Your Brain On Love
Produced by Sounds True, the audio book has a strong focus on your brain, and shifting out of conflict into greater intimacy, and understanding with your partner. Which in my opinion, anyone could find useful. We’re always works in progress, period.
Tatkin is a researcher and couples therapist. I love his focus on neuriobiology (down to the literal science) and where he uncovers different attachments styles, based off experiences and who we are, that started at a young age.
One of my favorite parts is how he kicks things off in the beginning with known facts. I love how realistic he is, it’s very grounding. He shares that our brains are built more for war than love (e.g. the negativity is often where we go versus positive and our threat response is often getting in the way of love), there is nothing more difficult than another person, there’s no such thing as as low maintenance person, as partners we are inherently just annoying and will be a burden to the other, in love relationships no one comes pre-trained, you must train each other, partners are responsible for each other’s past (we are a proxy for everyone that came before), we don’t really know what we’re doing, and that the need for parenting, never really goes away.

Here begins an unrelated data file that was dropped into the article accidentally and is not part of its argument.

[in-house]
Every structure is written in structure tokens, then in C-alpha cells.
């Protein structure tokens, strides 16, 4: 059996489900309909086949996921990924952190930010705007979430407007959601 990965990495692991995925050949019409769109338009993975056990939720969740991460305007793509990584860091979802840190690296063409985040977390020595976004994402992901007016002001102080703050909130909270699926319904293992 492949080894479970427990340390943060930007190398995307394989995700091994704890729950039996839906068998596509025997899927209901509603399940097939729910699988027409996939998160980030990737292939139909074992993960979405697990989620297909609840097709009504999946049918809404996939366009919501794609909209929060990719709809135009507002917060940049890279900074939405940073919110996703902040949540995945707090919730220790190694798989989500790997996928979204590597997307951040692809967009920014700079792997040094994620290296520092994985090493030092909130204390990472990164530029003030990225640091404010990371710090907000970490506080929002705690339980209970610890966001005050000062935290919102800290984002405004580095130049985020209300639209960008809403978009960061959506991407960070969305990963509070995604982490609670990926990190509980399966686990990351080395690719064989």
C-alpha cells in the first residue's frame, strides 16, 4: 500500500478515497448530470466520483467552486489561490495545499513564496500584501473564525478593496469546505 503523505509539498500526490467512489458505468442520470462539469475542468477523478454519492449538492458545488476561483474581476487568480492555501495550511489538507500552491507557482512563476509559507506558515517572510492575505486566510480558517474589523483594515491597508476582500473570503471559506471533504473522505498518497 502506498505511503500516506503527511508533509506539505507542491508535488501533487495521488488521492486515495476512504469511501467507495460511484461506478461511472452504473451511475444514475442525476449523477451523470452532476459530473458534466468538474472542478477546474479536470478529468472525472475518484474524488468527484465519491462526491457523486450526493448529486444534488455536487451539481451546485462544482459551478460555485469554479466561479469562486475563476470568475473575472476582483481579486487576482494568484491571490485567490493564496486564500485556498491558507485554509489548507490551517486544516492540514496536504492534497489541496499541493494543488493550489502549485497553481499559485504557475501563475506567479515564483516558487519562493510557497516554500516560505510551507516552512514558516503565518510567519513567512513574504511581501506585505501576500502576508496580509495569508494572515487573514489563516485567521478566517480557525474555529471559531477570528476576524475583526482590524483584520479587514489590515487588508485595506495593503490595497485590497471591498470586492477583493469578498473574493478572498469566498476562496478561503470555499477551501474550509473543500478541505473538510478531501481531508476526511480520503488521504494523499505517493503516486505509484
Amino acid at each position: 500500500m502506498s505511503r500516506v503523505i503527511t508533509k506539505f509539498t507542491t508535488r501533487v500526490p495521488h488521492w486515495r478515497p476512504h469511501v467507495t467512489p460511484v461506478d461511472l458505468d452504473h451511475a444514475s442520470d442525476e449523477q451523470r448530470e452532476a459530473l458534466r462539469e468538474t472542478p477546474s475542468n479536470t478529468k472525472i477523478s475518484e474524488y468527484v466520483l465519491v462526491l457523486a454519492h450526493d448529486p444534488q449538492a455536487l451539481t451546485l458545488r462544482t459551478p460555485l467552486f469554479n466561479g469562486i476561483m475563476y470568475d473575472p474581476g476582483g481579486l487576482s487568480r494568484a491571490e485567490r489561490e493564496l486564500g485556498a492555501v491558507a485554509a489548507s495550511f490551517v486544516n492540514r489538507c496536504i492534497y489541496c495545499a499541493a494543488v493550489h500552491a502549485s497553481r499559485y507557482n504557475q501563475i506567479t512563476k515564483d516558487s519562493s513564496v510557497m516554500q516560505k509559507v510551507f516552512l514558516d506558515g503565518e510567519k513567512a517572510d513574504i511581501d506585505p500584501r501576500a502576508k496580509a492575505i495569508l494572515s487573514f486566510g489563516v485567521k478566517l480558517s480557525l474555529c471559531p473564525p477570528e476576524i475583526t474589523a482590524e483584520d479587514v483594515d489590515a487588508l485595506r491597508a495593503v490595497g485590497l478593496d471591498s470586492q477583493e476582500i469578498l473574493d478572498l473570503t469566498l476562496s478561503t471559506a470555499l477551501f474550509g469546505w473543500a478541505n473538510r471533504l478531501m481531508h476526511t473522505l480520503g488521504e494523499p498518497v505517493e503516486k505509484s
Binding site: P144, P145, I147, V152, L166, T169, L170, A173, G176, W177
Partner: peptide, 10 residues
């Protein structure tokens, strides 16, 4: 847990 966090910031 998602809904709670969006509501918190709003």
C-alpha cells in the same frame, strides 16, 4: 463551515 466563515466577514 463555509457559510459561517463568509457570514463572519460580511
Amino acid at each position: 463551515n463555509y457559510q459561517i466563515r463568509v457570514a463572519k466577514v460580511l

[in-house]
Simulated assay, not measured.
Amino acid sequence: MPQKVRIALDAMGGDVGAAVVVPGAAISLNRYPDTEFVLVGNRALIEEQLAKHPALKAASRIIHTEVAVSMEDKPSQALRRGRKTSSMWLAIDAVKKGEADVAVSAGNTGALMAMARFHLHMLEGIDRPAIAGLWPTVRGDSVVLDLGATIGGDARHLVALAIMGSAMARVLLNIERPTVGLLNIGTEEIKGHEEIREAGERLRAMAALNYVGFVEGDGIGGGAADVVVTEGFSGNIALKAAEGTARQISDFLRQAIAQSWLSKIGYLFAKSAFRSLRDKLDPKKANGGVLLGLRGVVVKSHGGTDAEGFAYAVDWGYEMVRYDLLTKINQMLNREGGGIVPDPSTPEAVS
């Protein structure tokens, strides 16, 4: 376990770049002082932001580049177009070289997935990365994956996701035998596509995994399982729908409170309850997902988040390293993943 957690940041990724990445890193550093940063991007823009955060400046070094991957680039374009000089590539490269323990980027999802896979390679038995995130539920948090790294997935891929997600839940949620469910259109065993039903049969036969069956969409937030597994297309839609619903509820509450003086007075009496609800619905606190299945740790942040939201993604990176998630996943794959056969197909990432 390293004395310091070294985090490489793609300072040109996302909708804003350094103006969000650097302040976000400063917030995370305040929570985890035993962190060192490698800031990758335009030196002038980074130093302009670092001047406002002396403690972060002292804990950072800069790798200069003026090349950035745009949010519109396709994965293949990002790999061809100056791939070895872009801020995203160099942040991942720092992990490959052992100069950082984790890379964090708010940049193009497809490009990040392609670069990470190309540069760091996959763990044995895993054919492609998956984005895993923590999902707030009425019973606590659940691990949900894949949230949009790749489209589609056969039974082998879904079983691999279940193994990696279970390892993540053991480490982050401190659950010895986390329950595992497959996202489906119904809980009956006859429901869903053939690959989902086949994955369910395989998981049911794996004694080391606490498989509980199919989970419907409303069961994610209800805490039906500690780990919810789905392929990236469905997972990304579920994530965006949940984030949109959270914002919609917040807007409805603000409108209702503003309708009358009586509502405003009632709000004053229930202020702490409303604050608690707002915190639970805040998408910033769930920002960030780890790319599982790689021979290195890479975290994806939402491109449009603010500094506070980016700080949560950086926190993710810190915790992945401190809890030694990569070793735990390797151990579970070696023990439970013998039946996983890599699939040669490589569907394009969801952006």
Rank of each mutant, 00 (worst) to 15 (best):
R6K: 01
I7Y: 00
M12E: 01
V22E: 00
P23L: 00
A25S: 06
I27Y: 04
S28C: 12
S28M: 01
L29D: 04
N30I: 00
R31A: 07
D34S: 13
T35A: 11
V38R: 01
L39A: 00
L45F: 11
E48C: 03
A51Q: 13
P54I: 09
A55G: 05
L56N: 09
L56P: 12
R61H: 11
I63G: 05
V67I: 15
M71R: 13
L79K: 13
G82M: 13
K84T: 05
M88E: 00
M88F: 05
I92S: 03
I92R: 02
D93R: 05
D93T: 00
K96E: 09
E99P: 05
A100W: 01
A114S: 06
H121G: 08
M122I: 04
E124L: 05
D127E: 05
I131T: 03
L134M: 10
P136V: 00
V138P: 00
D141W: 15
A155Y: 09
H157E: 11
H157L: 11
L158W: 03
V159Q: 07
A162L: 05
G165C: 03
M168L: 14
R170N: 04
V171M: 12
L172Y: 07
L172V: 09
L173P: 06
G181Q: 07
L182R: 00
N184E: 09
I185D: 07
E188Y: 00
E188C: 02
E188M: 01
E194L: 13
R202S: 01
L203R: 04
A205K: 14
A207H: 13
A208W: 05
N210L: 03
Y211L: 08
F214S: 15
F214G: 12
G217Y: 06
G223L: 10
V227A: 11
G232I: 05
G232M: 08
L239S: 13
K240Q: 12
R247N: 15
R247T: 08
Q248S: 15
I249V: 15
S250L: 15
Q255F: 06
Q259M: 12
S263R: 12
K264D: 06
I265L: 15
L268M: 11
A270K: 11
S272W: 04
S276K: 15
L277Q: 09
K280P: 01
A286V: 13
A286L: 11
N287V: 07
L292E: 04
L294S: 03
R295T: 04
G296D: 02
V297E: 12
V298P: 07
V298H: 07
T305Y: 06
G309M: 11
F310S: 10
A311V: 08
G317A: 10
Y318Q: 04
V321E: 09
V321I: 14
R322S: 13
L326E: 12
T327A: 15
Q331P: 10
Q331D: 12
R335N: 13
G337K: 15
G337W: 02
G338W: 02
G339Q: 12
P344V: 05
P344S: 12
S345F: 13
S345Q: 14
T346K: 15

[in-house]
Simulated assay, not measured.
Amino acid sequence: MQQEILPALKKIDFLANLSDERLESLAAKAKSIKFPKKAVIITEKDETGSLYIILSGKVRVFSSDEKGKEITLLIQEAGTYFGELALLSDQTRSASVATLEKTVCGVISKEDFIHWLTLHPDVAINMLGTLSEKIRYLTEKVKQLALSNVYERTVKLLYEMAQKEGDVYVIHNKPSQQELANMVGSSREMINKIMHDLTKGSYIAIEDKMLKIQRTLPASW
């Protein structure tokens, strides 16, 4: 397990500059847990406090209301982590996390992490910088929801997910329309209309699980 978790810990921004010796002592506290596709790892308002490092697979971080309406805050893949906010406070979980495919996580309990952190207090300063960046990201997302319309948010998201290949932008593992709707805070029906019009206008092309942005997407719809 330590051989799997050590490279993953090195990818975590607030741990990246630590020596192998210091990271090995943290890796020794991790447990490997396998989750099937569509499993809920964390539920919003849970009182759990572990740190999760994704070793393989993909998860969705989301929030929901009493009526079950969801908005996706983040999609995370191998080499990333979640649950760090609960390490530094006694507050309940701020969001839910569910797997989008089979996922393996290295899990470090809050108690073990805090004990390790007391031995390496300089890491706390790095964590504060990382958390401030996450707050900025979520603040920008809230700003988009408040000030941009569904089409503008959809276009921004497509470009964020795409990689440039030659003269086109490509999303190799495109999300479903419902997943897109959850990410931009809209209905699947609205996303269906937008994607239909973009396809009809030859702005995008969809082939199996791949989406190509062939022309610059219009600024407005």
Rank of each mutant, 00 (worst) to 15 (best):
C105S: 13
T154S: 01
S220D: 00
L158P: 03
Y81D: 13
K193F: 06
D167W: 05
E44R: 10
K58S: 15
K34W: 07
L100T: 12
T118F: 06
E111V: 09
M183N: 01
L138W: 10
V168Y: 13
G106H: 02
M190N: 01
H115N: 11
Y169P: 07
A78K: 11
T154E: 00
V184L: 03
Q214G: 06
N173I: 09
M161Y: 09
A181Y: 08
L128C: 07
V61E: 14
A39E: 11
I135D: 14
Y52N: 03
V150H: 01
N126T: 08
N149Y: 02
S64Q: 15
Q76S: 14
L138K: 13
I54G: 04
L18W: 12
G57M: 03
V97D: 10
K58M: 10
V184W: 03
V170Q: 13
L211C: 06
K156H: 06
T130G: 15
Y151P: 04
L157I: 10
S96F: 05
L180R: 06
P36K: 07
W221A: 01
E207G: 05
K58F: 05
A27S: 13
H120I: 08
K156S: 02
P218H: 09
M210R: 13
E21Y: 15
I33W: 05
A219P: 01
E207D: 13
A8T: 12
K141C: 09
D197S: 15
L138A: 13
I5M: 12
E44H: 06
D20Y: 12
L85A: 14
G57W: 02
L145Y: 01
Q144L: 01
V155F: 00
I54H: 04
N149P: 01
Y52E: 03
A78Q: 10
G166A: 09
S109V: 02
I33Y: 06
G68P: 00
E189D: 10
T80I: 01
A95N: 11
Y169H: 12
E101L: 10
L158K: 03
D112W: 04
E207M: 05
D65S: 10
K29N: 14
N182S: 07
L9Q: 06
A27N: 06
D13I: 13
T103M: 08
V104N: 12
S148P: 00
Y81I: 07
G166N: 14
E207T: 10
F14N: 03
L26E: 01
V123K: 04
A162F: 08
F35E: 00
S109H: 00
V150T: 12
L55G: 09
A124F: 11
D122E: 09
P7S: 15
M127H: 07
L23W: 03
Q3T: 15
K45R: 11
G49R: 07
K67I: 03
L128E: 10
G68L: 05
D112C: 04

These are things that often aren’t talked about, but are just at it’s core, so true.
Here are some highlights from Sounds True:
- The neurobiology of mating—who we choose and why
- The neurobiology of commitment—building security, the foundation of a healthy relationship
- Anchor, Island, and Wave types: understanding your attachment style and those of others
- “Is it you or is it me?” Understanding how the attachment styles of others interact with your own.
- Experiencing healthy conflict through social contracts, ground rules, and awareness
- Creating a lifelong plan to continue deepening your relationships
Since I drive on my short commute to work, I love listening to podcasts and this audiobook was no exception. I’ve already begun telling all my friends (single, partnered, married, etc.) because I felt it to be so interesting and helpful in self-awareness. I also think it’s great if you are partnered, that both parties listen to it (that’s what we’re doing).
I also felt some ways in which myself and partner operate (naturally, we’re different in many ways) made so much more sense. In my mind, it’s just one of the many resources I now use in my “tool-belt” for operating successfully, and in unison as a strong partnership.